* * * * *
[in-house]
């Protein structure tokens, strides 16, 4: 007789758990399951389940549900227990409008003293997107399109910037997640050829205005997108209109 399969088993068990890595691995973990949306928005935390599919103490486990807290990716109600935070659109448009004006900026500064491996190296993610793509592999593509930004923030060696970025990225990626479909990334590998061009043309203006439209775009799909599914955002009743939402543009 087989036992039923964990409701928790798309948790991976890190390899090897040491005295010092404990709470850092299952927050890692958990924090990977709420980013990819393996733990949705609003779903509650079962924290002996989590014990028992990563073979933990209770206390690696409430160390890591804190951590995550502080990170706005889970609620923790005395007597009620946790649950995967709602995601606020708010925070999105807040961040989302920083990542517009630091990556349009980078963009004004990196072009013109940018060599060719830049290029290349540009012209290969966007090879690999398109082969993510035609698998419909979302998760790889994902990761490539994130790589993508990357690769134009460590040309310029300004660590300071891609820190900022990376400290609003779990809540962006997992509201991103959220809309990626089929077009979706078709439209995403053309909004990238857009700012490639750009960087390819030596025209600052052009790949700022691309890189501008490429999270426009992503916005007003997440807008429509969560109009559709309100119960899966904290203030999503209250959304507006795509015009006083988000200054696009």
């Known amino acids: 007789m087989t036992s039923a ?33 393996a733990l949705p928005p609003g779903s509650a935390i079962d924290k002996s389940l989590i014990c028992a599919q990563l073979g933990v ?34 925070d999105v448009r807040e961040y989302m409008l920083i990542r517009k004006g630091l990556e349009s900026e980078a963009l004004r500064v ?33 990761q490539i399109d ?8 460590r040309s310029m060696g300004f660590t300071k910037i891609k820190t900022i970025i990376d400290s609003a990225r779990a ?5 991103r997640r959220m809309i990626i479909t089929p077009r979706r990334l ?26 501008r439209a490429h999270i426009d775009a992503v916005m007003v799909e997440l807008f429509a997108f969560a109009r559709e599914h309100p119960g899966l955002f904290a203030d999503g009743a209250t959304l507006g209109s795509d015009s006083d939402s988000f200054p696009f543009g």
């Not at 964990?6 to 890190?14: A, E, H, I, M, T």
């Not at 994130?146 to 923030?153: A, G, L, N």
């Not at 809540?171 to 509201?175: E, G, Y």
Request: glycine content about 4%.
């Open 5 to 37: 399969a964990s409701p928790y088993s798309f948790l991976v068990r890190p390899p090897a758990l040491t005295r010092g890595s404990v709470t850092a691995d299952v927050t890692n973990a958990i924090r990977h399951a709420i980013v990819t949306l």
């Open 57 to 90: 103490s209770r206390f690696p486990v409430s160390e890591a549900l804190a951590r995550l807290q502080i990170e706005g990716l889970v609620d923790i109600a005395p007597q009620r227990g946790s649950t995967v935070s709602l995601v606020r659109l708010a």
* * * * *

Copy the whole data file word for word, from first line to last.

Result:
[in-house]
């Protein structure tokens, strides 16, 4: 007789758990399951389940549900227990409008003293997107399109910037997640050829205005997108209109 399969088993068990890595691995973990949306928005935390599919103490486990807290990716109600935070659109448009004006900026500064491996190296993610793509592999593509930004923030060696970025990225990626479909990334590998061009043309203006439209775009799909599914955002009743939402543009 087989036992039923964990409701928790798309948790991976890190390899090897040491005295010092404990709470850092299952927050890692958990924090990977709420980013990819393996733990949705609003779903509650079962924290002996989590014990028992990563073979933990209770206390690696409430160390890591804190951590995550502080990170706005889970609620923790005395007597009620946790649950995967709602995601606020708010925070999105807040961040989302920083990542517009630091990556349009980078963009004004990196072009013109940018060599060719830049290029290349540009012209290969966007090879690999398109082969993510035609698998419909979302998760790889994902990761490539994130790589993508990357690769134009460590040309310029300004660590300071891609820190900022990376400290609003779990809540962006997992509201991103959220809309990626089929077009979706078709439209995403053309909004990238857009700012490639750009960087390819030596025209600052052009790949700022691309890189501008490429999270426009992503916005007003997440807008429509969560109009559709309100119960899966904290203030999503209250959304507006795509015009006083988000200054696009």
């Known amino acids: 007789m087989t036992s039923a ?33 393996a733990l949705p928005p609003g779903s509650a935390i079962d924290k002996s389940l989590i014990c028992a599919q990563l073979g933990v ?34 925070d999105v448009r807040e961040y989302m409008l920083i990542r517009k004006g630091l990556e349009s900026e980078a963009l004004r500064v ?33 990761q490539i399109d ?8 460590r040309s310029m060696g300004f660590t300071k910037i891609k820190t900022i970025i990376d400290s609003a990225r779990a ?5 991103r997640r959220m809309i990626i479909t089929p077009r979706r990334l ?26 501008r439209a490429h999270i426009d775009a992503v916005m007003v799909e997440l807008f429509a997108f969560a109009r559709e599914h309100p119960g899966l955002f904290a203030d999503g009743a209250t959304l507006g209109s795509d015009s006083d939402s988000f200054p696009f543009g």
């Not at 964990?6 to 890190?14: A, E, H, I, M, T």
């Not at 994130?146 to 923030?153: A, G, L, N």
């Not at 809540?171 to 509201?175: E, G, Y």
Request: glycine content about 4%.
């Open 5 to 37: 399969a964990s409701p928790y088993s798309f948790l991976v068990r890190p390899p090897a758990l040491t005295r010092g890595s404990v709470t850092a691995d299952v927050t890692n973990a958990i924090r990977h399951a709420i980013v990819t949306l």
């Open 57 to 90: 103490s209770r206390f690696p486990v409430s160390e890591a549900l804190a951590r995550l807290q502080i990170e706005g990716l889970v609620d923790i109600a005395p007597q009620r227990g946790s649950t995967v935070s709602l995601v606020r659109l708010a």